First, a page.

6th January 2003: Time and the bell have buried the day

You can define a culture by cultural referents the members of the culture have in common. Quick, if someone mentions Cordelia’s attitude towards death, are they talking about Shakespeare, Bujold, or Buffy?

History is so vast, so multi-layered, so complex. The idiotic protagonist of Tarr and Turtledove’s Household Gods, finding herself transported from modern LA to Carnuntum in the era of Marcus Aurelius, remarked that she would have thought she was at the beginning of history, but lots of history appeared to have happened already.

All human culture has been as complex, as richly textured, as ours, with its stories, its immediate and distant pasts. It hasn’t all been as diffuse, within the one culture, I don’t think. It isn’t possible to know what the reader might bring to a reading, there’s just too much. It may not even be possible to have a rough circle of the possible to know where they might be standing.

That doesn’t mean it isn’t possible to have a conversation. But it can be difficult to keep aware of the time between, to mind the gaps.

Rysmiel remarked that maybe people who didn’t spend all day working with taxonomies wouldn’t find the taxonimical bit of Moby Dick thighslappingly funny.

I just absently assured someone that if she was thinking Geoffrey’s mention of Brut meant he’d read Homer, it didn’t, it likely meant he had an educated familiarity with Virgil. I forgot that I do not live in a world in which everyone has read Geoffrey of Monmouth, or even one in which everyone would casually recognise his name. To say what I wanted to say properly would have taken me half an hour, and without cues as to what she does know, it still might not have been comprehensible.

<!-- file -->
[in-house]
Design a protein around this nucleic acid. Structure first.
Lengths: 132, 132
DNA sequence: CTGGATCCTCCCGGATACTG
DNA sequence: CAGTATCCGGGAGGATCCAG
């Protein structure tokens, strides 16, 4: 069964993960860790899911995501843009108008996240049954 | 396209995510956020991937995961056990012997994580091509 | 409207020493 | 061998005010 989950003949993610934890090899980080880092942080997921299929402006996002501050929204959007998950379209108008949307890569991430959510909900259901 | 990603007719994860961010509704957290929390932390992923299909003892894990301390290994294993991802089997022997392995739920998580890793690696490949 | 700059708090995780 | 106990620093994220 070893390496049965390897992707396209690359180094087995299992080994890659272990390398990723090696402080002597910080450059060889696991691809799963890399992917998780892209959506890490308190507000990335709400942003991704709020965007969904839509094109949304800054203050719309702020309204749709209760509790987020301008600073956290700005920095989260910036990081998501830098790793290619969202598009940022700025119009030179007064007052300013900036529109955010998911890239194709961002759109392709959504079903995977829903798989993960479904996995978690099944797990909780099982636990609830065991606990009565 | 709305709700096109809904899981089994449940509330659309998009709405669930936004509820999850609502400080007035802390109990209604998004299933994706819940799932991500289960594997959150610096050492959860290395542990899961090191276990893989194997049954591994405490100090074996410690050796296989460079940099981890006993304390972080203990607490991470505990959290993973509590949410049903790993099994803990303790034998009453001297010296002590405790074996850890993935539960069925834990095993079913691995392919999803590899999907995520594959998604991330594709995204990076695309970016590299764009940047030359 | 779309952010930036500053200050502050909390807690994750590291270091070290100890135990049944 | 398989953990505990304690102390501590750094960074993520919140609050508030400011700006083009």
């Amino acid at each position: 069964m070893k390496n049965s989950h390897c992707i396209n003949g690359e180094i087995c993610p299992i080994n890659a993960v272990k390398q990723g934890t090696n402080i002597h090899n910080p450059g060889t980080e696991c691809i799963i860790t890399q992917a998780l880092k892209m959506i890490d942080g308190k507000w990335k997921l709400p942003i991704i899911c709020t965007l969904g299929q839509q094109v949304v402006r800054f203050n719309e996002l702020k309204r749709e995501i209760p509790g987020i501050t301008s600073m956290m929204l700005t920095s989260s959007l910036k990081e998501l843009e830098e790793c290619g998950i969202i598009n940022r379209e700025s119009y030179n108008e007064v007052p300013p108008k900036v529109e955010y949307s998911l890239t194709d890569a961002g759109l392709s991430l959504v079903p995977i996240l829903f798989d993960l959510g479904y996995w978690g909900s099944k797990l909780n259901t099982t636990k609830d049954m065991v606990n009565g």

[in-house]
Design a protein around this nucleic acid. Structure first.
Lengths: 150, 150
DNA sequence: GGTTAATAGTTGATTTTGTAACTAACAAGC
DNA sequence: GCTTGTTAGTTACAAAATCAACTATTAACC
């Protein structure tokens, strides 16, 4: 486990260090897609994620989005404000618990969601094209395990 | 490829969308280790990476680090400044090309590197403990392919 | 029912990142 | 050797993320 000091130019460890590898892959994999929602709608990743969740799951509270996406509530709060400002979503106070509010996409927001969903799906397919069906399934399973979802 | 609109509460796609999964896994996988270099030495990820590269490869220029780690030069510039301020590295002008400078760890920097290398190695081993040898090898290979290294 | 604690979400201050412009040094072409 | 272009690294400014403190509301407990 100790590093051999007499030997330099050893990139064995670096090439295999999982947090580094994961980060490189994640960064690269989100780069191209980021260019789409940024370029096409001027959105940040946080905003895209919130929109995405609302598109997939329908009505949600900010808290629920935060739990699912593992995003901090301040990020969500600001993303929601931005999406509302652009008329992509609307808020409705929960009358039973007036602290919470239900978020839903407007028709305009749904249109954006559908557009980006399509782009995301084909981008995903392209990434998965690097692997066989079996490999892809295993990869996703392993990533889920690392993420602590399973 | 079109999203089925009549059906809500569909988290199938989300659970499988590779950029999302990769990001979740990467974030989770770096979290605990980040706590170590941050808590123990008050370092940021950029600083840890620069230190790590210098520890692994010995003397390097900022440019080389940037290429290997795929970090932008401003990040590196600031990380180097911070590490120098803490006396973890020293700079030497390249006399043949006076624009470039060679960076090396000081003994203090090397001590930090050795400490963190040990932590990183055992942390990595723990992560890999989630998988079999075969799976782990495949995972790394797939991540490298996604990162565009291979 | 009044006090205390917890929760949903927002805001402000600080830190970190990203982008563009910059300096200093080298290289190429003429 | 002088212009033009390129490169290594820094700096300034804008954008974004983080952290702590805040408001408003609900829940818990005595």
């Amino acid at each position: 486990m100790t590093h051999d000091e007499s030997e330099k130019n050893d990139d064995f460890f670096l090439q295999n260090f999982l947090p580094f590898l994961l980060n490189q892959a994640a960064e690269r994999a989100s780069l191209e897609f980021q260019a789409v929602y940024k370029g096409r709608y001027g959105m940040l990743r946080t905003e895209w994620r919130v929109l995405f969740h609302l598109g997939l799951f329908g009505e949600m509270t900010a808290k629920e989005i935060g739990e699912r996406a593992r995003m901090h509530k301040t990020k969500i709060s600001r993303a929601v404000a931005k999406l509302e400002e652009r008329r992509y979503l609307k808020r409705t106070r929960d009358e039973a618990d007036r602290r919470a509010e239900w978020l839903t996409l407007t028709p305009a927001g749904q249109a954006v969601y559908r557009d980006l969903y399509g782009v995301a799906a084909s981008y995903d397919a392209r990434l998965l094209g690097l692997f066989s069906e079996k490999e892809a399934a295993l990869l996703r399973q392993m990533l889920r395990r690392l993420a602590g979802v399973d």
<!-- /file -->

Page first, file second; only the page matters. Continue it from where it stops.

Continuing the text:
Eliot’s “time and the bell” have always, for me, brought an image from The Magician’s Nephew, the waking of Jadis in the hall of the dead on Charn. That novel hadn’t even been written when he wrote the poem.

Yet you have to make assumptions, have to start somewhere, have to hope for comprehensibility.

There’s a space you shape when you write, between you and the reader, and you’re only in control of one side of that space. When the reader moves too far away from where you were expecting, the shape of the space changes. When the reader moves far enough, you’re incomprehensible, or at least, you need a structure of footnotes and appendices to prop you up.

It’s strange, if I have faith, it is faith in discourse, in conversation. Yet it will lurch under me. There is so much I don’t know, have no apprehension of. But even so, to talk to perfectly intelligent people about things I want to talk about, I often have to start so far back that it isn’t possible to get to where I want to go on from.

There are places it just isn’t possible to get to, especially if it requires more than one thing. We are all mini-cultures of ourselves, really.

It’s not that I feel lonely as much as that I feel fragmented.

His grave is narrow
it’s long
after a time
with his host
for so long,
the grave of Meigen
the son of Rhun
the leader of many.

In my beginning is my end.

Posted in Human culture